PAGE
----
A pay raise for grocery-store employees in the city of Napa, intended to compensate some of the people most vulnerable to the coronavirus pandemic, will have to wait at least a few more weeks as officials try to nail down exactly which retailers would be required to boost wages for four months.
An attempt by the City Council to schedule a vote for April 6 on a temporary ordinance guaranteeing a $5-an-hour “hazard pay” increase for grocery workers ran aground Tuesday afternoon, amid uncertainty over whether to impose the raise only on supermarket chains or extend it to large discount stores, pharmacies and other businesses earning substantial shares of their revenue from food.
As a result, a hoped-for 120-day pay boost for such workers is unlikely to be ready for a council decision by the first week of April. To draft a new ordinance specifying whether a hero-pay requirement will apply to variety retailers as well as supermarkets may require pushing back a council vote by at least two weeks to April 20, City Manager Steve Potter said during a special meeting at City Hall.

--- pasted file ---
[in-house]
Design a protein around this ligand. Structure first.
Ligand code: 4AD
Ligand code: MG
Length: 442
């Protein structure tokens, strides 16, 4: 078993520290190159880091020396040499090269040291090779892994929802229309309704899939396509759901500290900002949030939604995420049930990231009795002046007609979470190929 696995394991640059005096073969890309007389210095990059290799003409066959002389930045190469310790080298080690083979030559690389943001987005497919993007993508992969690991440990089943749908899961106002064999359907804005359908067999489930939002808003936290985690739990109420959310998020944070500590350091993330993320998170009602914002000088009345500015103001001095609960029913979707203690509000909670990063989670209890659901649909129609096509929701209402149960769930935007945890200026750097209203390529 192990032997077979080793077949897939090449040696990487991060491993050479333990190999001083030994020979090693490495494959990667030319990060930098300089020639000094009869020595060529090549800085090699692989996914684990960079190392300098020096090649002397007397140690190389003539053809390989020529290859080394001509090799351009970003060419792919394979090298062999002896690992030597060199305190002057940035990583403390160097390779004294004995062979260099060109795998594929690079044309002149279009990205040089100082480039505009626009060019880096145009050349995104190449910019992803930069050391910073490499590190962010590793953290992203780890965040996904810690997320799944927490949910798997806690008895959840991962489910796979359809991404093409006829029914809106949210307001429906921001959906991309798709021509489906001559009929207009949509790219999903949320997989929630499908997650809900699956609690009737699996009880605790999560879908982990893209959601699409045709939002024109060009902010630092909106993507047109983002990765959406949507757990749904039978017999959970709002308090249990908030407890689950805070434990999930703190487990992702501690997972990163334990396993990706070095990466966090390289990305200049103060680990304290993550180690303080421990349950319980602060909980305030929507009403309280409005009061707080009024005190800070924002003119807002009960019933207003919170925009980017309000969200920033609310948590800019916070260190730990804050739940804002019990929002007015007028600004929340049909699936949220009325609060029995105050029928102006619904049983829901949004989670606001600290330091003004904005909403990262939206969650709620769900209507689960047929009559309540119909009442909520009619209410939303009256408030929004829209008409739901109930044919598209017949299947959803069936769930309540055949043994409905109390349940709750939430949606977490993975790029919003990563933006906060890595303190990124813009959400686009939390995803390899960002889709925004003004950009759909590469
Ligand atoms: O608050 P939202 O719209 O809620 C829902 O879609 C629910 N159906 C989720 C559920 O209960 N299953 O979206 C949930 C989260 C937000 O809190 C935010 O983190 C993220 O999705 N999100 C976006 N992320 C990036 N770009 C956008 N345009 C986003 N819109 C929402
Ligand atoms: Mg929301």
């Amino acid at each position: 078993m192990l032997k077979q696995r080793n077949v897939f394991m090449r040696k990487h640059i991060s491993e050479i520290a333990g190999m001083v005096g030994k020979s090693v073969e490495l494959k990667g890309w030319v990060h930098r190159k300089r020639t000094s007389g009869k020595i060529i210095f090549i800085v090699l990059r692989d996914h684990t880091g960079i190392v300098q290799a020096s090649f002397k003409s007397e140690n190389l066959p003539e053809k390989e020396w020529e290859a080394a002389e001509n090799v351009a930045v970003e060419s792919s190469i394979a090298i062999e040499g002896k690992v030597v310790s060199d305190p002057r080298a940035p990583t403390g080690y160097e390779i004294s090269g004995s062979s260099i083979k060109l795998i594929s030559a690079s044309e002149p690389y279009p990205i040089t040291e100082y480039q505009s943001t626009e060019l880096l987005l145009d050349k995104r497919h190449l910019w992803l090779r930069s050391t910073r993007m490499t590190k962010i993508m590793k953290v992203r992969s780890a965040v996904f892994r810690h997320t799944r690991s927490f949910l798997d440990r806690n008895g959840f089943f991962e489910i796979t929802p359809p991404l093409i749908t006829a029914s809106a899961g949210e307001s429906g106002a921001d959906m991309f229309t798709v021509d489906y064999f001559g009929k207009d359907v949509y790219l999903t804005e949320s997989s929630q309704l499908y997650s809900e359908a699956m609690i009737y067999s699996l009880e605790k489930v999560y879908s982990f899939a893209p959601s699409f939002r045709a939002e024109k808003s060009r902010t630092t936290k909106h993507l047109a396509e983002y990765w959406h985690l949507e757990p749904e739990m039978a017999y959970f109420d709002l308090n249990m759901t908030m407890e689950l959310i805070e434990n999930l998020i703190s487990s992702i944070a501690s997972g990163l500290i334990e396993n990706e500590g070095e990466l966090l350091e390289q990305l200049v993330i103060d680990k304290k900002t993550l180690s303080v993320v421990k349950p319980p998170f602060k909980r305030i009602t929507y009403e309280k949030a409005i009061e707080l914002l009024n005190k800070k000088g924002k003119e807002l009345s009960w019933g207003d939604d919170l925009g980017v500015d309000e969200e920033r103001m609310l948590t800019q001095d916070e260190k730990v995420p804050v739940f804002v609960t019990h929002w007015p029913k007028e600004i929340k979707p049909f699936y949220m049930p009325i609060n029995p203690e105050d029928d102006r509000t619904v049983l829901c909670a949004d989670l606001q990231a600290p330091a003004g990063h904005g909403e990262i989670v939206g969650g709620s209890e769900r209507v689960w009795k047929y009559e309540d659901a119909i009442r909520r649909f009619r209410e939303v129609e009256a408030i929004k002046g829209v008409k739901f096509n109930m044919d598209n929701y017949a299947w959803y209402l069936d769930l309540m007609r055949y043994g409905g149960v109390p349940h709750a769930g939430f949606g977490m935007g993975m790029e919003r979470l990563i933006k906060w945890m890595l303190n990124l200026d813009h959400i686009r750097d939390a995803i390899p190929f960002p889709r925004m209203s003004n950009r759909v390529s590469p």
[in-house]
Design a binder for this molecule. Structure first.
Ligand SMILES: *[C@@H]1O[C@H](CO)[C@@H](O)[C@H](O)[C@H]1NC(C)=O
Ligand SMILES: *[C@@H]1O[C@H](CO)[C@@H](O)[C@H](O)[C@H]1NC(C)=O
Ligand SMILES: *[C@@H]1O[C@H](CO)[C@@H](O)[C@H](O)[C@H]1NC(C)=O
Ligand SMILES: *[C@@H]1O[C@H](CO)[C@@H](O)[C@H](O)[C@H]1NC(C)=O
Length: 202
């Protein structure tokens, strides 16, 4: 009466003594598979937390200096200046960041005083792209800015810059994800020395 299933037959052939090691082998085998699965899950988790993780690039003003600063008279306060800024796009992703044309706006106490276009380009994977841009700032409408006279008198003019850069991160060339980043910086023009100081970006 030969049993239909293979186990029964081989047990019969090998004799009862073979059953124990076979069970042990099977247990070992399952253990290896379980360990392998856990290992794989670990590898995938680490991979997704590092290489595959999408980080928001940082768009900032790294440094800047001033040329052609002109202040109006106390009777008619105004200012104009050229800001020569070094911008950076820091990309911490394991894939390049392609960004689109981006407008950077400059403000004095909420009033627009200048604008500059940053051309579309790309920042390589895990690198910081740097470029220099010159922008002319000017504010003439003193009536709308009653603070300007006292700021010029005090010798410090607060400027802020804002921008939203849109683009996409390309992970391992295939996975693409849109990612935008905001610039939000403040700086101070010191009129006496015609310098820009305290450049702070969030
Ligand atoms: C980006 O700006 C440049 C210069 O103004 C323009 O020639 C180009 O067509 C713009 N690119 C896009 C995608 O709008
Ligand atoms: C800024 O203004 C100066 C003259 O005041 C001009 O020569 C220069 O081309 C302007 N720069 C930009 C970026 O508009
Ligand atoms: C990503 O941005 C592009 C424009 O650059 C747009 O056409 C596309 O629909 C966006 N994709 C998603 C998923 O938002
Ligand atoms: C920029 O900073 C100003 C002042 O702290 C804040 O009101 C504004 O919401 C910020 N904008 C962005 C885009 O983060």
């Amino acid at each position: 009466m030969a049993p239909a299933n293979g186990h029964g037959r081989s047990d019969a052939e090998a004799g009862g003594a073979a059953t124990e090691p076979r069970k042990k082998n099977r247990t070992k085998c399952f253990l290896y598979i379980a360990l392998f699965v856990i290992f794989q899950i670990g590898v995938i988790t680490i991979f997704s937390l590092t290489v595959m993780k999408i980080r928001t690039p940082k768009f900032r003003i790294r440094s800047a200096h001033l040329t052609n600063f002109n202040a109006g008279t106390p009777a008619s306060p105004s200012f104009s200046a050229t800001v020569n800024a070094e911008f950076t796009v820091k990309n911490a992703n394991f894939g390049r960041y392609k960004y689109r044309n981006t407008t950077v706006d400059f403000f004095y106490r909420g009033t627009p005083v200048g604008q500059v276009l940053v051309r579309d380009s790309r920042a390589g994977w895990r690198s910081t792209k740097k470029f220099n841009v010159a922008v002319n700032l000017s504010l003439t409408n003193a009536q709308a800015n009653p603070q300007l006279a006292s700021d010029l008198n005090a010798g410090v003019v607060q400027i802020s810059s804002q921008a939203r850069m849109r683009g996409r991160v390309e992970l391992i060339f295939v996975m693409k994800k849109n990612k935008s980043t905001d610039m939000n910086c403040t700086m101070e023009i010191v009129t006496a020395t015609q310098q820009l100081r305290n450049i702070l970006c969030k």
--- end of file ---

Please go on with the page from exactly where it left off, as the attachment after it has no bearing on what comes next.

A draft version of the emergency law guaranteeing the higher wage rate only for workers in chain supermarkets gained only two of the three council votes required to pass. Vice Mayor Liz Alessio, Bernie Narvaez, and Beth Painter rejected the grocery-only measure over concerns it would leave out employees of Walmart, Target, and chain drugstores who face much of the same risk of contracting COVID-19 as other “essential workers” in industries that have stayed open through California’s year-long emergency.
“The equity is not here,” Alessio said before casting what she conceded was a difficult vote against the measure. “People who work with any kind of retail in food are low-paid and at high risk of COVID. It’s a very difficult place to exclude them from this motion.”
However, Mary Luros urged Napa to act as quickly as possible to support at least some local workers — during the months when vaccination against the coronavirus is not yet complete — rather than delay action until it can find the full range of those who should benefit.